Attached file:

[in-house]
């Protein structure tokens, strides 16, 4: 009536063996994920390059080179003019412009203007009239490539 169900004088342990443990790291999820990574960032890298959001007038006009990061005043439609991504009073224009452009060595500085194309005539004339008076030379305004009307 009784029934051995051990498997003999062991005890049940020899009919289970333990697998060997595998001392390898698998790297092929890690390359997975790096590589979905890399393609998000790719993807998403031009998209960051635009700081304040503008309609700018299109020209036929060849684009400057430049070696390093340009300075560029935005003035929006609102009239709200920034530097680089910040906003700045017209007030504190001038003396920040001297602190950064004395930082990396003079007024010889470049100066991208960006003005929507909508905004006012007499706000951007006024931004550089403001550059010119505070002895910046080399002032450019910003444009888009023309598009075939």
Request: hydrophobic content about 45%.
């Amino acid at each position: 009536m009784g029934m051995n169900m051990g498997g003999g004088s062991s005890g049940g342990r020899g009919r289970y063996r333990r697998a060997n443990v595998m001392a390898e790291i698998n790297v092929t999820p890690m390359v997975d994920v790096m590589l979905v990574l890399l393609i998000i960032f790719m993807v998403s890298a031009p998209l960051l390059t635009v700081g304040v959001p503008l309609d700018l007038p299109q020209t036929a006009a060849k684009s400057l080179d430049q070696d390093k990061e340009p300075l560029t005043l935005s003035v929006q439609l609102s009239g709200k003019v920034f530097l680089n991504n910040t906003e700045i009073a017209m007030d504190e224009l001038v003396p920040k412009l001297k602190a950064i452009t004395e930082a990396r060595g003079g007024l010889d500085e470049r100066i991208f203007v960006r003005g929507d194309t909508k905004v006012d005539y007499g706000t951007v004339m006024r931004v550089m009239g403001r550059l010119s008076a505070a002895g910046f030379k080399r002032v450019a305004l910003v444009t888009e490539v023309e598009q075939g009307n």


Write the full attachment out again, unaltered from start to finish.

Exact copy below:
[in-house]
């Protein structure tokens, strides 16, 4: 009536063996994920390059080179003019412009203007009239490539 169900004088342990443990790291999820990574960032890298959001007038006009990061005043439609991504009073224009452009060595500085194309005539004339008076030379305004009307 009784029934051995051990498997003999062991005890049940020899009919289970333990697998060997595998001392390898698998790297092929890690390359997975790096590589979905890399393609998000790719993807998403031009998209960051635009700081304040503008309609700018299109020209036929060849684009400057430049070696390093340009300075560029935005003035929006609102009239709200920034530097680089910040906003700045017209007030504190001038003396920040001297602190950064004395930082990396003079007024010889470049100066991208960006003005929507909508905004006012007499706000951007006024931004550089403001550059010119505070002895910046080399002032450019910003444009888009023309598009075939």
Request: hydrophobic content about 45%.
């Amino acid at each position: 009536m009784g029934m051995n169900m051990g498997g003999g004088s062991s005890g049940g342990r020899g009919r289970y063996r333990r697998a060997n443990v595998m001392a390898e790291i698998n790297v092929t999820p890690m390359v997975d994920v790096m590589l979905v990574l890399l393609i998000i960032f790719m993807v998403s890298a031009p998209l960051l390059t635009v700081g304040v959001p503008l309609d700018l007038p299109q020209t036929a006009a060849k684009s400057l080179d430049q070696d390093k990061e340009p300075l560029t005043l935005s003035v929006q439609l609102s009239g709200k003019v920034f530097l680089n991504n910040t906003e700045i009073a017209m007030d504190e224009l001038v003396p920040k412009l001297k602190a950064i452009t004395e930082a990396r060595g003079g007024l010889d500085e470049r100066i991208f203007v960006r003005g929507d194309t909508k905004v006012d005539y007499g706000t951007v004339m006024r931004v550089m009239g403001r550059l010119s008076a505070a002895g910046f030379k080399r002032v450019a305004l910003v444009t888009e490539v023309e598009q075939g009307n």